Posted: Sept. 22, 2017 | Tags: African-Americans
Photo by Angela Swartz, IRW
Dana Gills, Saidah Grimes, Erin Horne McKinney, Kendra Hatcher King, Charisse L'Pree Corsbie-Massay and Candace Queen discuss depictions of African-American women in the media.
WASHINGTON — Only 13 percent of African-American and Caucasian millennial women think African-American women are portrayed positively in the media.
That’s just one statistic from a new study on depictions of African-American women in advertising, news, reality TV and other media.
“We’re in such a great time of black-girl magic. It’s not the best portrayals of us, but they’re multifaceted.” — Erin Horne McKinney, Black Female Founders
CNN’s footage of black people rioting and looting to protest the fatal shooting of a black man by a white police officer in Ferguson, Missouri, prompted Kendra Hatcher King to initiate the study.
Despite other peaceful protests in Ferguson, negative images are what stick with viewers, Hatcher King, vice president of marketing engagement at advertising firm SapientRazorfish, said.
“It’s, ‘look at these people, and I’m afraid, and I should be afraid, and I deserve any treatment I get,’” said Hatcher King at a panel at the National Press Club on Thursday.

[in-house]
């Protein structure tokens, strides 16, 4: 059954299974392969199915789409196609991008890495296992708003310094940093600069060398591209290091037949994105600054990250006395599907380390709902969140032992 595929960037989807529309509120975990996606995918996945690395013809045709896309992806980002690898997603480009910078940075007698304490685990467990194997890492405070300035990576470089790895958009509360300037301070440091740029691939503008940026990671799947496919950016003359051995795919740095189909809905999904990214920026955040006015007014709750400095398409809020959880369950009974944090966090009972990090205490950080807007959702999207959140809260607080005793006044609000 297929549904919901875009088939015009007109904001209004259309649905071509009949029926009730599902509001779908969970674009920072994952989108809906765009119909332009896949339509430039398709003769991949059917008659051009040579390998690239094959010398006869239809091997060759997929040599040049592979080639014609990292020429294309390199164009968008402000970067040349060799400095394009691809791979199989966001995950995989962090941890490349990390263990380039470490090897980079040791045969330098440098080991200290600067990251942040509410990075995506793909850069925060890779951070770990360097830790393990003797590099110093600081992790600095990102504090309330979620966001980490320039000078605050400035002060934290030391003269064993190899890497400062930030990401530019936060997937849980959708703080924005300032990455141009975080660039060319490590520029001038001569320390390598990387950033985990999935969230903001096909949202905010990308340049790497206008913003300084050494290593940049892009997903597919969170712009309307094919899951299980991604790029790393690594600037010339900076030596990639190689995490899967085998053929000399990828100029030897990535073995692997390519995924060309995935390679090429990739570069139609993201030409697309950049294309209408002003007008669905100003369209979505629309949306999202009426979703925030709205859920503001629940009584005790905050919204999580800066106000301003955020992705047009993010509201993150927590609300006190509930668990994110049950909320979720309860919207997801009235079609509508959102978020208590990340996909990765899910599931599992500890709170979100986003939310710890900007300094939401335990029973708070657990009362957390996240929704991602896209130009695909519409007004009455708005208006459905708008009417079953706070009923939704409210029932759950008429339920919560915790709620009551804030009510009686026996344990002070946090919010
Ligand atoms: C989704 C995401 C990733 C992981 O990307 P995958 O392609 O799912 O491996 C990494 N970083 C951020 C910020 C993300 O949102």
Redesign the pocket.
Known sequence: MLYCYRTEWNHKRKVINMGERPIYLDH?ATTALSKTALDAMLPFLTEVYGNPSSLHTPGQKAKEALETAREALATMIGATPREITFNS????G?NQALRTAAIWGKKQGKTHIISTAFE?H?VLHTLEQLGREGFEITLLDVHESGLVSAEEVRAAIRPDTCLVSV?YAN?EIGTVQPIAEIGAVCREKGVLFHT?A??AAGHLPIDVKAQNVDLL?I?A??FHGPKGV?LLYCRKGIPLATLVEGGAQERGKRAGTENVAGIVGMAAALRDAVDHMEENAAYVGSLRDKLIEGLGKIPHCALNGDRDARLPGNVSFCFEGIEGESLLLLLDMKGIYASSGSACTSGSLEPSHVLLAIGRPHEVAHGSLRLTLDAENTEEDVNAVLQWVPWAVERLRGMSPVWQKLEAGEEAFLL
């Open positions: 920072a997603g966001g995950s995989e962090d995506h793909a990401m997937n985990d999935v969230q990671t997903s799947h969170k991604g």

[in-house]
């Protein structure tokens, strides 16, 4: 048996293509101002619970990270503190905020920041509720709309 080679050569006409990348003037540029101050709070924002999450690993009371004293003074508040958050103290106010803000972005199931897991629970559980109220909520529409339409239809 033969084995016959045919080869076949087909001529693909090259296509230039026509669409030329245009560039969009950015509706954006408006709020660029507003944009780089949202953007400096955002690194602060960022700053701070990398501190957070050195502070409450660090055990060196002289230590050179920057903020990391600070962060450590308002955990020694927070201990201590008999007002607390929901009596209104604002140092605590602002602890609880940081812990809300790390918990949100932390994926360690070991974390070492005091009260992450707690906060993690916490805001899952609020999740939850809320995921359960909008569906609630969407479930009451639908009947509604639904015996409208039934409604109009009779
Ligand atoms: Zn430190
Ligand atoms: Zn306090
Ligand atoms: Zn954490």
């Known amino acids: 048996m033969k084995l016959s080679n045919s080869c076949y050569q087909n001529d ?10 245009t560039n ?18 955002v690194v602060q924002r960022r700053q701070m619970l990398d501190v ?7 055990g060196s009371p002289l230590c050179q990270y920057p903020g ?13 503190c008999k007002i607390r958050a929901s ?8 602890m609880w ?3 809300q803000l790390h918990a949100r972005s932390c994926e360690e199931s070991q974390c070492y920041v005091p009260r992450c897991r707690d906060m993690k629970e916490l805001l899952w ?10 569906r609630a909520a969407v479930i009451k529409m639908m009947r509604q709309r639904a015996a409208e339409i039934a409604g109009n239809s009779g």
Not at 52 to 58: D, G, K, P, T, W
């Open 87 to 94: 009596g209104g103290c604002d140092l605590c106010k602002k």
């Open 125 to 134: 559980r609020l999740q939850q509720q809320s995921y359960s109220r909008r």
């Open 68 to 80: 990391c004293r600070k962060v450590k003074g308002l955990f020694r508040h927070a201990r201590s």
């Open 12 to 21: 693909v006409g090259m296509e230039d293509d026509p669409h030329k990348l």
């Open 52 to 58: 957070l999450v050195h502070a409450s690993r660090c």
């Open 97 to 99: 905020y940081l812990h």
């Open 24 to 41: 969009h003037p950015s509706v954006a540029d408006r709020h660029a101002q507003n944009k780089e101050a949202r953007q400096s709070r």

Hatcher King, the American Advertising Federation and the historically black sorority Zeta Phi Beta Sorority commissioned two studies — this was the second — to dig deeper. The University of Missouri’s School of Journalism surveyed more than 500 women for the report, “From Bad Girls to Housewives: Portrayals of African American Women in the Media.”
Full study results will be released in late October, said Ayanna Jackson, who oversees the advertising federation’s diversity and education initiatives.
Other panelists said some TV shows are including more female African-American leads, but they’re not necessarily positive portrayals.
Erin Horne McKinney, founder and CEO of Black Female Founders, said, “We’re in such a great time of black-girl magic. It’s not the best portrayals of us, but they’re multifaceted.”
Putting diverse groups in charge of creating content can help improve perceptions of African-American women, she said.
Hatcher King fears primarily seeing African-American women on reality TV is starting to “reshape womanhood among African-American women.” She sees girls aspiring to be reality TV stars instead of pursing their education.
Still, TV and movie producers make content that has proven to sell in the past, said Dana Gills, a film producer at LionsGate Entertainment.
“The only color people in this industry care about is green,” she said. “We have to do a better job as consumers to show up to support the things we want to see.”
Being vocal on social media can also help dictate what TV shows and ads get made, said Candace Queen, founder of Blacks in Advertising, a group that aims to empower black advertisers.
The panel fell during the Congressional Black Caucus Foundation’s Legislative Conference, which looks at issues impacting African-Americans and the global black community.
The advertising federation also published a white paper called Reality TV: Entertaining, but no Laughing Matter. The paper looked at how portrayals of blacks on reality TV affect public perception of blacks.